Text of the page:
Crack Testing

2012 October 12
by Chris Brown

Any vessel that is in “Class” (Llyods, ABS…) requires a five year shaft survey. That survey includes crack testing of the shafts and propellers in a machine shop. However, not everyone who does crack testing should be doing crack testing. Proper testing requires a highly skilled and trained technician. This is why Lloyds requires Level II certification for machinists to perform crack tests on Llyods class vessels. Level II technicians have been trained on the proper procedures and how to interpret the results. There are very few machine shops in the marine industry who have earned this difficult certification for shaft work.

I am often asked, “What makes testing so specialized and difficult? Doesn’t the technician merely clean the shaft and then coat it with a dye followed by a developer?” Actually, crack testing uses a dye penetrant process that allows hairline cracks to be seen by the human eye. A specialized red dye is sprayed onto a cleaned area of the shaft – usually the prop and coupler tapers. Once dried, the surface dye is removed by a specialized solvent. If there is a crack, small amounts of the dye will remain down inside the crack. The next step involves spraying a developer in the same area. The developer quickly dries to a white powder and wicks the red dye out of the crack. A crack will show up as red dye in the white powder. Although the process sounds simple enough, the dye appearing in the powder can have varying meanings. This is where the training, experience, and certification come into play. The technician must be able to correctly “interpret the results” of dye testing. In NDT (nondestructive testing) the dye test may indicate what appears to be a crack; however in reality, it is only an imperfection and not a crack.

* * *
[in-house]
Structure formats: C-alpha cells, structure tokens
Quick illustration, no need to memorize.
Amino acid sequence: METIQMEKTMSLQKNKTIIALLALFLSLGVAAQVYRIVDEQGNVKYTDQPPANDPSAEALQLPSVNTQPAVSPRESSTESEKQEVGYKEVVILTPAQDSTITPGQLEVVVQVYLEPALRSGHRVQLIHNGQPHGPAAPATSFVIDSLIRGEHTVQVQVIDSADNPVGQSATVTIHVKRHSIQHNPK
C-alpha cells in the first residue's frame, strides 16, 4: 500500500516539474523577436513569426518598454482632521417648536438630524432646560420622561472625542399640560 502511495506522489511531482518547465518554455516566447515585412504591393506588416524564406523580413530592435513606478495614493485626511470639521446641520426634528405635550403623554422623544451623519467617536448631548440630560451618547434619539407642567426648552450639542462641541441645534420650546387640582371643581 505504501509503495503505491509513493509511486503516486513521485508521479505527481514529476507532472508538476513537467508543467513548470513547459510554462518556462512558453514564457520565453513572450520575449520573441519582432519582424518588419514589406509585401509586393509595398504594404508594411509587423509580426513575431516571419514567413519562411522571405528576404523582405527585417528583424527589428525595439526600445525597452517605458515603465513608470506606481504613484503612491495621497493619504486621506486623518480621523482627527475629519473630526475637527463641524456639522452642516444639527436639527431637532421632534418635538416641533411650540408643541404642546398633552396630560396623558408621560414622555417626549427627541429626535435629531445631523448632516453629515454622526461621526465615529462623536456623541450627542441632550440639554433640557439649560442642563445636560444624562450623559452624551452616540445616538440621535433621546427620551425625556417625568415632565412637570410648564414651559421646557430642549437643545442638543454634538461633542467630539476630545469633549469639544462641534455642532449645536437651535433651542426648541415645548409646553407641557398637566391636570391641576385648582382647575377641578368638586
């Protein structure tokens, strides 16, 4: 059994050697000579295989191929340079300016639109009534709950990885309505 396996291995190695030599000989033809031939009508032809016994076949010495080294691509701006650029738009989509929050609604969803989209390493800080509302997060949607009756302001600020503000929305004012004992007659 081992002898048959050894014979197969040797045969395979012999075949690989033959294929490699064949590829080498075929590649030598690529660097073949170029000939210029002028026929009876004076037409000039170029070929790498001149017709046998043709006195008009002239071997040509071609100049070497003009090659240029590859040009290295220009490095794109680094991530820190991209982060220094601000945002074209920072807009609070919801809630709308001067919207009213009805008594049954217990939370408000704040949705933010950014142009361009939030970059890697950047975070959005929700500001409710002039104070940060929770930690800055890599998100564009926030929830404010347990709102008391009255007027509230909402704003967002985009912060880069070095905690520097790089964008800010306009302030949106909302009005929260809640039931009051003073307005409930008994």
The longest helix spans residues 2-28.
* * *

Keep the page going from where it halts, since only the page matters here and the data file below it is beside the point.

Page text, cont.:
As cracked shafts are not repairable, a misdiagnosis would result in discarding a perfectly good shaft. Unfortunately, sometimes the opposite is true. What a technician thinks is only a surface imperfection is actually a serious structural flaw. Once again, the improper diagnosis would result in an otherwise avoidable expense. It requires incredible skill, knowledge, and experience to “call it” correctly. As such, the best means to save money and protect against unnecessary expense is to select a certified, full-service shop. Most captains and engineers agree that the selection of a facility that meets Llyods and ABS certification requirements is a no-brainer.

The typical questions I get when a crack is detected are:

How bad is the crack…How deep is it…How long will my shaft last?” Regardless of who asks the question, my answer is always the same, “It depends upon how much you are willing to gamble.”(I think most people agree that Murphy always shows up at the worst possible time). If you are in the middle of the Gulf Stream and your shaft breaks, at a minimum you can say goodbye to your propeller (and if you are really lucky, the prop won’t punch a hole in the bottom as it spins uncontrolled off the shaft). So, besides losing a screw worth many thousands of dollars (now a permanent fixture on the ocean floor), you’re also probably in the middle of nowhere. The final answer is – a cracked shaft must be replaced.

The next time you are up for a shaft survey, select a company that has all the right qualifications in-house. High Seas Yacht Service will do all of the mechanical work, alignment work and shaft machine shop work, including in-house, Level II crack testing.

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